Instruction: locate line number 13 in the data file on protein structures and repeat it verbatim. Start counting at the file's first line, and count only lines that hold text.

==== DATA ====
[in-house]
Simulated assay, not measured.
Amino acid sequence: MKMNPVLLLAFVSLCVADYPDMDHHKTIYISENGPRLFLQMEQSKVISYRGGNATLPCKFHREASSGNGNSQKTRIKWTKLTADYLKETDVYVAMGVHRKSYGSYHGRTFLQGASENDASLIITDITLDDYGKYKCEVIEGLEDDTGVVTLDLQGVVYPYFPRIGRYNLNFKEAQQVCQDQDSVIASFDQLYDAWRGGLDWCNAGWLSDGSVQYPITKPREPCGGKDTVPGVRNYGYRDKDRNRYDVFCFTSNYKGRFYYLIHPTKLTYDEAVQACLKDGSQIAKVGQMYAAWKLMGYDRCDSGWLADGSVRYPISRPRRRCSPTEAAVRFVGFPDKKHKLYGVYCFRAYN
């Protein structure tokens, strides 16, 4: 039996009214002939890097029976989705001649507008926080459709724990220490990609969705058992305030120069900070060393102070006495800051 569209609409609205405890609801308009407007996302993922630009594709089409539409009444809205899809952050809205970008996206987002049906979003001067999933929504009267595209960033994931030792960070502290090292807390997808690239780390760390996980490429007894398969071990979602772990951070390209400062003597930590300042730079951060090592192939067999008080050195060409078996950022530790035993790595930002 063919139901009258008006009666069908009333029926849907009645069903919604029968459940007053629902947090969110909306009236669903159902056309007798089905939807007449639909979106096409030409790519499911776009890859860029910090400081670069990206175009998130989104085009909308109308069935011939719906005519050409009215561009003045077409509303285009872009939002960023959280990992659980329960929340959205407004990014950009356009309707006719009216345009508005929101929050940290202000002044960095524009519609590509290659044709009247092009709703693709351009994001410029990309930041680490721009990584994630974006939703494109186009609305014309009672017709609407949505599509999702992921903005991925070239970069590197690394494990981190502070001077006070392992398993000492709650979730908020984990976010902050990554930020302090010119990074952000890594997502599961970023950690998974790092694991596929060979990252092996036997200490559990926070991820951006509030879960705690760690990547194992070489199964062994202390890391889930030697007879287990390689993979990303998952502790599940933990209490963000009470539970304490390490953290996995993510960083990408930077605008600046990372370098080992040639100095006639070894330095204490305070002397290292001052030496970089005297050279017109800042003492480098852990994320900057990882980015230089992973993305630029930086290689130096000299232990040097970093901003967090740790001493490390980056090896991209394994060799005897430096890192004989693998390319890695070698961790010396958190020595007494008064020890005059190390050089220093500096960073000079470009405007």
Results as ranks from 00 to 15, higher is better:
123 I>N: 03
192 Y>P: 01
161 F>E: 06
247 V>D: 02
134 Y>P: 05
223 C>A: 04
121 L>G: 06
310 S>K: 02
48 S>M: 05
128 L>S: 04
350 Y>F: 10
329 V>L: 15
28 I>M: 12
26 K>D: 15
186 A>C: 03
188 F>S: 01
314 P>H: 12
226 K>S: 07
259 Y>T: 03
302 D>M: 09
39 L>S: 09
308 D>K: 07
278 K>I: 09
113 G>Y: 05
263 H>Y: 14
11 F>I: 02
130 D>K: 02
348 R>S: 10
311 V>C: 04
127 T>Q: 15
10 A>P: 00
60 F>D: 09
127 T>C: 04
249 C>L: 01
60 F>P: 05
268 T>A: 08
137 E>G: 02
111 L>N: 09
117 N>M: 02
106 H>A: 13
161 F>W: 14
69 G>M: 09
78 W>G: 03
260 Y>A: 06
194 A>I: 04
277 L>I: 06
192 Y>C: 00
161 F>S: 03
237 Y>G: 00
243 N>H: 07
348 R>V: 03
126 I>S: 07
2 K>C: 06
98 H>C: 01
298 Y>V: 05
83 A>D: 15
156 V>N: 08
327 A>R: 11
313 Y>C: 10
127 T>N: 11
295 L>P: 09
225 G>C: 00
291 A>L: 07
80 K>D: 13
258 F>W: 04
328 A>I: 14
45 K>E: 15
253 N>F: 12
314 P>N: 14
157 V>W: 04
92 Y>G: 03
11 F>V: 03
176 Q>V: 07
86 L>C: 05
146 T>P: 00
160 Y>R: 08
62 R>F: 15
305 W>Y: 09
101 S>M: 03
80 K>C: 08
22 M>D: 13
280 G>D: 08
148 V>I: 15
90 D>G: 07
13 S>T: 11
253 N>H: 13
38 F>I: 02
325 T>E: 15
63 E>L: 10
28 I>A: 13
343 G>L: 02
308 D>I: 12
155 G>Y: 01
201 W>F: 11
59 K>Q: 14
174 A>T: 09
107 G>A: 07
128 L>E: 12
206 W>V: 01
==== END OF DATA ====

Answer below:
310 S>K: 02